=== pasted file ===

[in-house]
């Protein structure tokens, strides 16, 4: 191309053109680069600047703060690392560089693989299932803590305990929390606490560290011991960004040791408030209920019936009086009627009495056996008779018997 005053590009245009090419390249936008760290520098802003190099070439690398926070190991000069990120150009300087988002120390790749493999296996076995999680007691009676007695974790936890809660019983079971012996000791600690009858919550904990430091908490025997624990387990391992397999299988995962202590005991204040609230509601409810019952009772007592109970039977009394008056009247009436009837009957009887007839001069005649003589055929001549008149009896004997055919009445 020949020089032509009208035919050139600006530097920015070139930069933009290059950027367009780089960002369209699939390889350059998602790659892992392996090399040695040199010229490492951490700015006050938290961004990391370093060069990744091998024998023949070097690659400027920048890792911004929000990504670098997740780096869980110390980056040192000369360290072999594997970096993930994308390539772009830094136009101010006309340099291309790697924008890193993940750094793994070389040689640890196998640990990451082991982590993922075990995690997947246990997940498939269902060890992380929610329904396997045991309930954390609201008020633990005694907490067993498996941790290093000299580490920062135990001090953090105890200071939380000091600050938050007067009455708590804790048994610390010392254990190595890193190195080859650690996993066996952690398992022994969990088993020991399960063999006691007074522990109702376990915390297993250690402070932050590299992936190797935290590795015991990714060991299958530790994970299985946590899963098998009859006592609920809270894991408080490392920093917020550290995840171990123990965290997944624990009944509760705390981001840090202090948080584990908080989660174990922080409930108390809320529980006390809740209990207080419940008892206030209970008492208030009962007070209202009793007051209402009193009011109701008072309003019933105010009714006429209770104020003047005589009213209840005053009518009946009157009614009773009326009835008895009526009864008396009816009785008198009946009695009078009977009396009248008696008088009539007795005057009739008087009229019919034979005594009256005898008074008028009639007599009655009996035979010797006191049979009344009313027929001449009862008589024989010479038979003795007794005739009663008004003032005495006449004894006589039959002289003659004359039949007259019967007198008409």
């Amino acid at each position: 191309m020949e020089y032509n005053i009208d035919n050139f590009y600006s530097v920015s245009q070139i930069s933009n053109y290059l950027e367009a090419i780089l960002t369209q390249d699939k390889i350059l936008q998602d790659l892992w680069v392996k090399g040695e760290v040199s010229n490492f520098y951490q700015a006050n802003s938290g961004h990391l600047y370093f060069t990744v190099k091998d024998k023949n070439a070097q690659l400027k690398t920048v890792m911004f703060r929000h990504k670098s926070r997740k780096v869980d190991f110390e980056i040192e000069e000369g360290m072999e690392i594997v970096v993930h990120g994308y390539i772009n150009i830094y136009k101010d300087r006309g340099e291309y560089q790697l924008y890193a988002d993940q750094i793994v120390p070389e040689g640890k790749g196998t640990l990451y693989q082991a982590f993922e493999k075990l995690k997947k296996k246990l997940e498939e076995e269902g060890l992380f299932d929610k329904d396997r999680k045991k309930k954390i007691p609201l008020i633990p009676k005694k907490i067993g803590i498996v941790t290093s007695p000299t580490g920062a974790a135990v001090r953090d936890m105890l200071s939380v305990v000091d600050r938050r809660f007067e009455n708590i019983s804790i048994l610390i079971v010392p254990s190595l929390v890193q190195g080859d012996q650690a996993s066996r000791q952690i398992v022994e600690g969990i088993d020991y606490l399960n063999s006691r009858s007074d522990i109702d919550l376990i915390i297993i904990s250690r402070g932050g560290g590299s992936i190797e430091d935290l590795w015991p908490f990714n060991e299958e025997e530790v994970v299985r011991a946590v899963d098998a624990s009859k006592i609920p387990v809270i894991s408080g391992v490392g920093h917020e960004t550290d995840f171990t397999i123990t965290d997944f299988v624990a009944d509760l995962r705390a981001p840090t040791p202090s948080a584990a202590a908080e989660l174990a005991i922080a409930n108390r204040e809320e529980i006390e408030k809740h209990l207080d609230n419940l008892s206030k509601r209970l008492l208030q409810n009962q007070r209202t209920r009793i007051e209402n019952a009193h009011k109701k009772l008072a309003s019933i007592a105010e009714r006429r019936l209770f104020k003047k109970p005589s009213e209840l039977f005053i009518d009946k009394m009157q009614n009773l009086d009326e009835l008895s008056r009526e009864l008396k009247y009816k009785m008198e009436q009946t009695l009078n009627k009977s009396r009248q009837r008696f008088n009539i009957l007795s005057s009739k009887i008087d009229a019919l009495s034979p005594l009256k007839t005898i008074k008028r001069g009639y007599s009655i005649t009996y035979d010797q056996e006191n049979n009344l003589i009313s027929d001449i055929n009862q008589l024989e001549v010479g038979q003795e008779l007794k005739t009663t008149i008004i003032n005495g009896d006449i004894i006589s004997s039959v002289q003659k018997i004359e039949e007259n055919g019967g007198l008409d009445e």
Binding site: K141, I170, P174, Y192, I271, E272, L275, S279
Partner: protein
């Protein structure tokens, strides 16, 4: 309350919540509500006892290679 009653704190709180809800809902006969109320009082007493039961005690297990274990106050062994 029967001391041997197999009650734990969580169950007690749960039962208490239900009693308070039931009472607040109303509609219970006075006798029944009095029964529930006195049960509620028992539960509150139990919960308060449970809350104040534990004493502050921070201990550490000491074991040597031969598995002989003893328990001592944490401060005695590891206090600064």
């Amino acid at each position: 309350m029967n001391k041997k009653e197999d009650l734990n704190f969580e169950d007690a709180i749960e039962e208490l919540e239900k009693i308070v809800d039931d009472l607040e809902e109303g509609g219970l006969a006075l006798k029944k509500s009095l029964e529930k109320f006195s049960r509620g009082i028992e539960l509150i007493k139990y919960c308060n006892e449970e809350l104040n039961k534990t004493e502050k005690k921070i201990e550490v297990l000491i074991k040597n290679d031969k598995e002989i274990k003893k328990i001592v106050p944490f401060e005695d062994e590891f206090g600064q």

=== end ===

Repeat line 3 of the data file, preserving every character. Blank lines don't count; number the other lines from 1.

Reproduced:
């Amino acid at each position: 191309m020949e020089y032509n005053i009208d035919n050139f590009y600006s530097v920015s245009q070139i930069s933009n053109y290059l950027e367009a090419i780089l960002t369209q390249d699939k390889i350059l936008q998602d790659l892992w680069v392996k090399g040695e760290v040199s010229n490492f520098y951490q700015a006050n802003s938290g961004h990391l600047y370093f060069t990744v190099k091998d024998k023949n070439a070097q690659l400027k690398t920048v890792m911004f703060r929000h990504k670098s926070r997740k780096v869980d190991f110390e980056i040192e000069e000369g360290m072999e690392i594997v970096v993930h990120g994308y390539i772009n150009i830094y136009k101010d300087r006309g340099e291309y560089q790697l924008y890193a988002d993940q750094i793994v120390p070389e040689g640890k790749g196998t640990l990451y693989q082991a982590f993922e493999k075990l995690k997947k296996k246990l997940e498939e076995e269902g060890l992380f299932d929610k329904d396997r999680k045991k309930k954390i007691p609201l008020i633990p009676k005694k907490i067993g803590i498996v941790t290093s007695p000299t580490g920062a974790a135990v001090r953090d936890m105890l200071s939380v305990v000091d600050r938050r809660f007067e009455n708590i019983s804790i048994l610390i079971v010392p254990s190595l929390v890193q190195g080859d012996q650690a996993s066996r000791q952690i398992v022994e600690g969990i088993d020991y606490l399960n063999s006691r009858s007074d522990i109702d919550l376990i915390i297993i904990s250690r402070g932050g560290g590299s992936i190797e430091d935290l590795w015991p908490f990714n060991e299958e025997e530790v994970v299985r011991a946590v899963d098998a624990s009859k006592i609920p387990v809270i894991s408080g391992v490392g920093h917020e960004t550290d995840f171990t397999i123990t965290d997944f299988v624990a009944d509760l995962r705390a981001p840090t040791p202090s948080a584990a202590a908080e989660l174990a005991i922080a409930n108390r204040e809320e529980i006390e408030k809740h209990l207080d609230n419940l008892s206030k509601r209970l008492l208030q409810n009962q007070r209202t209920r009793i007051e209402n019952a009193h009011k109701k009772l008072a309003s019933i007592a105010e009714r006429r019936l209770f104020k003047k109970p005589s009213e209840l039977f005053i009518d009946k009394m009157q009614n009773l009086d009326e009835l008895s008056r009526e009864l008396k009247y009816k009785m008198e009436q009946t009695l009078n009627k009977s009396r009248q009837r008696f008088n009539i009957l007795s005057s009739k009887i008087d009229a019919l009495s034979p005594l009256k007839t005898i008074k008028r001069g009639y007599s009655i005649t009996y035979d010797q056996e006191n049979n009344l003589i009313s027929d001449i055929n009862q008589l024989e001549v010479g038979q003795e008779l007794k005739t009663t008149i008004i003032n005495g009896d006449i004894i006589s004997s039959v002289q003659k018997i004359e039949e007259n055919g019967g007198l008409d009445e």